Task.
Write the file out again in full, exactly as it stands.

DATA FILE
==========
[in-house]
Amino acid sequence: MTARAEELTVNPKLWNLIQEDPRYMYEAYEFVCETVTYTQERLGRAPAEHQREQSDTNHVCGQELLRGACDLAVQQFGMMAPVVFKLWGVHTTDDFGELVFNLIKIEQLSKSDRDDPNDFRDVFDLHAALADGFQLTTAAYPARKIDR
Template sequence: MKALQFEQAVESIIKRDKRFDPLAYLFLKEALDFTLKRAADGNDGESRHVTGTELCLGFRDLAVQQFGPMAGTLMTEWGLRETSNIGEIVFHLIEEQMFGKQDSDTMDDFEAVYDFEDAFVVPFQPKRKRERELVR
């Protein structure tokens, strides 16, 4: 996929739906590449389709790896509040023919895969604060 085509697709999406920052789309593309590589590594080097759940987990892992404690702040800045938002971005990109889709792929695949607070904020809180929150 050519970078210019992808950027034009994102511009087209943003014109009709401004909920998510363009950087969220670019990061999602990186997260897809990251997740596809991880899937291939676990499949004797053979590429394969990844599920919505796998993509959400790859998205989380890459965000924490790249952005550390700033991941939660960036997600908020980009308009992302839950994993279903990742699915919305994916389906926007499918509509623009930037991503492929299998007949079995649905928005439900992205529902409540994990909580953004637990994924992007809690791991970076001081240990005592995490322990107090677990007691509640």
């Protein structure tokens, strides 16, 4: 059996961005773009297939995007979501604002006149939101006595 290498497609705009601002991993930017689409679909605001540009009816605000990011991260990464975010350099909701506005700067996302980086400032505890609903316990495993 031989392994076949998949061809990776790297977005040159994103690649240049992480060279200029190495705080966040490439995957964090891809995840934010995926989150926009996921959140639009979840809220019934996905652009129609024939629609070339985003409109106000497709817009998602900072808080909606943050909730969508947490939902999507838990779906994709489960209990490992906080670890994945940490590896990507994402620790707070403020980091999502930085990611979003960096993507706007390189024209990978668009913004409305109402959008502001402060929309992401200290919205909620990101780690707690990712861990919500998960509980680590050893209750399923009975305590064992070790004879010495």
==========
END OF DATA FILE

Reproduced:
[in-house]
Amino acid sequence: MTARAEELTVNPKLWNLIQEDPRYMYEAYEFVCETVTYTQERLGRAPAEHQREQSDTNHVCGQELLRGACDLAVQQFGMMAPVVFKLWGVHTTDDFGELVFNLIKIEQLSKSDRDDPNDFRDVFDLHAALADGFQLTTAAYPARKIDR
Template sequence: MKALQFEQAVESIIKRDKRFDPLAYLFLKEALDFTLKRAADGNDGESRHVTGTELCLGFRDLAVQQFGPMAGTLMTEWGLRETSNIGEIVFHLIEEQMFGKQDSDTMDDFEAVYDFEDAFVVPFQPKRKRERELVR
């Protein structure tokens, strides 16, 4: 996929739906590449389709790896509040023919895969604060 085509697709999406920052789309593309590589590594080097759940987990892992404690702040800045938002971005990109889709792929695949607070904020809180929150 050519970078210019992808950027034009994102511009087209943003014109009709401004909920998510363009950087969220670019990061999602990186997260897809990251997740596809991880899937291939676990499949004797053979590429394969990844599920919505796998993509959400790859998205989380890459965000924490790249952005550390700033991941939660960036997600908020980009308009992302839950994993279903990742699915919305994916389906926007499918509509623009930037991503492929299998007949079995649905928005439900992205529902409540994990909580953004637990994924992007809690791991970076001081240990005592995490322990107090677990007691509640």
């Protein structure tokens, strides 16, 4: 059996961005773009297939995007979501604002006149939101006595 290498497609705009601002991993930017689409679909605001540009009816605000990011991260990464975010350099909701506005700067996302980086400032505890609903316990495993 031989392994076949998949061809990776790297977005040159994103690649240049992480060279200029190495705080966040490439995957964090891809995840934010995926989150926009996921959140639009979840809220019934996905652009129609024939629609070339985003409109106000497709817009998602900072808080909606943050909730969508947490939902999507838990779906994709489960209990490992906080670890994945940490590896990507994402620790707070403020980091999502930085990611979003960096993507706007390189024209990978668009913004409305109402959008502001402060929309992401200290919205909620990101780690707690990712861990919500998960509980680590050893209750399923009975305590064992070790004879010495």